With the huge focus on literacy in special education, we often don't have the resources we need to support our students who also struggle with math. Math educators have found new techniques to help all students improve number sense, the foundational understanding of numbers, numeracy and quantitative thinking.
The website grew out the Noyce Foundation's Silicon Valley Mathematics Initiative, designed to support math instruction in northern California. Good news! We can all access these great resources
Resources for Common Core State Standards
As 45 of 50 states and five of six territories have adopted the Common Core State Standards, many teachers are scrambling to find resources to support instruction that meets the standards. Many of these standards push a deeper and broader understanding of mathematics in ways that will support real world applications. Success in mathematics is much more than computational efficiency. It includes mathematical reasoning, abstract and quantitative thinking as well as well as the ability to model and solve real world mathematical problems.
The Inside Math website was designed to meet this need. It includes a links for the content standards at each grade level, which includes "Problems of the Month" for the standards. It also has strategies to meet the 8 practice strategies, along with exemplary lessons to help teachers see how to implement the practices they recommend.
A Broader Target Audience
When perusing the site, it seems evident that the participating schools in California have adopted a "Math Coach" model for supporting instruction. We had a model somewhat like that in Philadelphia. It reflects a strong commitment to developing strength in math, a challenge in these tight times. Still, the website provides a number of resources to people in leadership roles around math. It includes interviews on lesson planning as well as examples of coaches working with teachers as they planned. They provide really effect ways of understanding the new strategies that are being proposed. It also includes a power point by David Foster, the director, which lays out the philosophy and direction of math instruction for the twenty first century.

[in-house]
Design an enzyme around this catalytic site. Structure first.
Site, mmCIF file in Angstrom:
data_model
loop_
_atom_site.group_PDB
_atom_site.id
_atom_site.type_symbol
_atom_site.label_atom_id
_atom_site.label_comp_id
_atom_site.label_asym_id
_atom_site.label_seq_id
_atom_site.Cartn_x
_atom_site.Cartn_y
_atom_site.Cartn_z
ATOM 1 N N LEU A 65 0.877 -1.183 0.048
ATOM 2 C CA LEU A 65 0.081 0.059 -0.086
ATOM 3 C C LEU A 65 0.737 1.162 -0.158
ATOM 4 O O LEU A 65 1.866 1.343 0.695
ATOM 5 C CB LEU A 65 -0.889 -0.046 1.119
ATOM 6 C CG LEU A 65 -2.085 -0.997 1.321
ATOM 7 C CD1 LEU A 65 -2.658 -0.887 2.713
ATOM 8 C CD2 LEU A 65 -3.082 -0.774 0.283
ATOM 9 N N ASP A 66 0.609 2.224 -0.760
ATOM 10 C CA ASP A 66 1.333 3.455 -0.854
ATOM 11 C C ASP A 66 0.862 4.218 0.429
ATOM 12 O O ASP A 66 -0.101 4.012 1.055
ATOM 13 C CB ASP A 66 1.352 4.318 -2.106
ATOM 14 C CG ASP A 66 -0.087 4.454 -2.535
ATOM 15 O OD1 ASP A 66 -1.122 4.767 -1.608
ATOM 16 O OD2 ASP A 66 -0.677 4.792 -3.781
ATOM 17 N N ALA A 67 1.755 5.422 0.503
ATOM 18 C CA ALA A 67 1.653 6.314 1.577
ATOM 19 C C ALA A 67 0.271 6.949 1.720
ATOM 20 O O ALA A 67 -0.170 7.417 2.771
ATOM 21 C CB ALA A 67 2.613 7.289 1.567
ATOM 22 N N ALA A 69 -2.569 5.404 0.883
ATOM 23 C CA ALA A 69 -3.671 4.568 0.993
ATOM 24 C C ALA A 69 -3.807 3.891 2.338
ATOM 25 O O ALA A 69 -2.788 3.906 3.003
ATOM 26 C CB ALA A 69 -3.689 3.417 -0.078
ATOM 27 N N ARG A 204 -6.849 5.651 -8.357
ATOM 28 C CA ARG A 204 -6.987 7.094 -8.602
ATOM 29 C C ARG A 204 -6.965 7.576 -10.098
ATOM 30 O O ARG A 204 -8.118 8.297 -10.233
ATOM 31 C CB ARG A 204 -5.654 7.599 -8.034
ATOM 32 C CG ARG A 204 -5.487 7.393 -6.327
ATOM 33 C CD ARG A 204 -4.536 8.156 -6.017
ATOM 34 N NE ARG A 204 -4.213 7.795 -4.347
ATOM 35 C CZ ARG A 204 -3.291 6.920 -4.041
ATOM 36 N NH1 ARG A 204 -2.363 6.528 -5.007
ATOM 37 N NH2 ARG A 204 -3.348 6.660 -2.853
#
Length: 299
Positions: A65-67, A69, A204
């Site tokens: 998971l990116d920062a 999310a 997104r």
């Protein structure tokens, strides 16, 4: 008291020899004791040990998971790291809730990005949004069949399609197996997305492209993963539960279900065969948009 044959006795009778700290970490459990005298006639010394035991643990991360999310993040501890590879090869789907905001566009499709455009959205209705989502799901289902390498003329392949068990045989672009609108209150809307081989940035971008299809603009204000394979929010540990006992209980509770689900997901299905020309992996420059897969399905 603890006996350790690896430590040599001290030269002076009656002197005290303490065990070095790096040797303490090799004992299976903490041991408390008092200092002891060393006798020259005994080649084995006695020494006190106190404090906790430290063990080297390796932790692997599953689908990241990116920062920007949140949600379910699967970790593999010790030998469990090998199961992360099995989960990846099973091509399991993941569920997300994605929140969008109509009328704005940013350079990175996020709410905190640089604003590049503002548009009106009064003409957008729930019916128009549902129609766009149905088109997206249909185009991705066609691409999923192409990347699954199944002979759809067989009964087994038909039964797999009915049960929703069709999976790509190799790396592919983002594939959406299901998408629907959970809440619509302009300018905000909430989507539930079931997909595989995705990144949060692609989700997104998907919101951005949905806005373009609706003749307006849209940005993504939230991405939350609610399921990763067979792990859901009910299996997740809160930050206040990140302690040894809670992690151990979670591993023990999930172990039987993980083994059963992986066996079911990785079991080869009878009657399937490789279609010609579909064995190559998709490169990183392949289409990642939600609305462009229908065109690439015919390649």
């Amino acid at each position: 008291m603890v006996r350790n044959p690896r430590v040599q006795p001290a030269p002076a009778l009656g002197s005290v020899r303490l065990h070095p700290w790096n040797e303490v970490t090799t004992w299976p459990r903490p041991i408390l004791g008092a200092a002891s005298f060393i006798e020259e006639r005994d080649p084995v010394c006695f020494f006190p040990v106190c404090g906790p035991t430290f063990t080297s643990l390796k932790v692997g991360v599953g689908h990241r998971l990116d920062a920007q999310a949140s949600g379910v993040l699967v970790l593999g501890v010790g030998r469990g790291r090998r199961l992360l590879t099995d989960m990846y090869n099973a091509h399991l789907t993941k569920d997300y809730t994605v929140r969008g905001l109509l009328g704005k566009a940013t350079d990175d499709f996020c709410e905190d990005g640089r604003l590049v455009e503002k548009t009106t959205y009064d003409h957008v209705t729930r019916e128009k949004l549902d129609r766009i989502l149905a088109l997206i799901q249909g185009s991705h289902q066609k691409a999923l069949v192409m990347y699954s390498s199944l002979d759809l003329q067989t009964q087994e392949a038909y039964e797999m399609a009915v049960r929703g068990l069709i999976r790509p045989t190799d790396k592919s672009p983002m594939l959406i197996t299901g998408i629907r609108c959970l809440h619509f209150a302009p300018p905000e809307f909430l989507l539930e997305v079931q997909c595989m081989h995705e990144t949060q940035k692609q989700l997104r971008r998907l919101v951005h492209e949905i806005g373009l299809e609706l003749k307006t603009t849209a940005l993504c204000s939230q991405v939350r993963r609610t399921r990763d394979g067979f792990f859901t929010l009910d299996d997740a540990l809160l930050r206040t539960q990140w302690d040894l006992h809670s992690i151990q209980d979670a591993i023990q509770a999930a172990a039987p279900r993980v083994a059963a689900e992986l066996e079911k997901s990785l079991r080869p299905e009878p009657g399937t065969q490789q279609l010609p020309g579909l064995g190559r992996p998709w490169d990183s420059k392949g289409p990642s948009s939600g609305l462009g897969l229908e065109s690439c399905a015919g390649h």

The website also provides resources for administrators, including templates for teacher observation. Certainly, one of the important things that these resources do is give teachers a sense of what are considered the measure of good mathematics teaching. Certainly, it's evident that includes engaging students and leading them to use strategies to help them construct their own understanding of learning.
Videos to Demonstrate the Strategies
Among the new teaching strategies suggested for building operational fluency as well as mathematical thinking and number sense, is the "Number Talk." Number talks encourage students to converse together about ways to solve math problems posed by teachers. It teaches students one of the important practice standards, Practice Standard 1: Make sense of problems and persevere in solving them. The videos provide real time, authentic demonstrations of how Number talks are used in the classroom setting.
The videos also include a number of "public lessons," modeling the teaching strategies across grades and content standards. There are lessons about number reasoning and lessons about geometry. These videos give the practitioner not only a chance to witness the methods, but also a chance to alleviate any apprehension a teacher might feel about such a different, student centered, approach to instruction.
If you are only interested in lesson plans that you can print and hand out, this site is not going to be much help. If you are a teacher supporting students in math or teaching math, this site provides invaluable examples of how to use the strategies we are hearing about in inservice training and in graduate classes. As a special education teacher, I find the level of engagement really wonderful, since our students often learn as well from peers as they do from us (if not better.) By all means, check it out!
I hope, if you are working as a resource teacher, or pushing into a general education classroom to support math, that you will watch some of the videos that apply to you and share the strategies with your general education partners.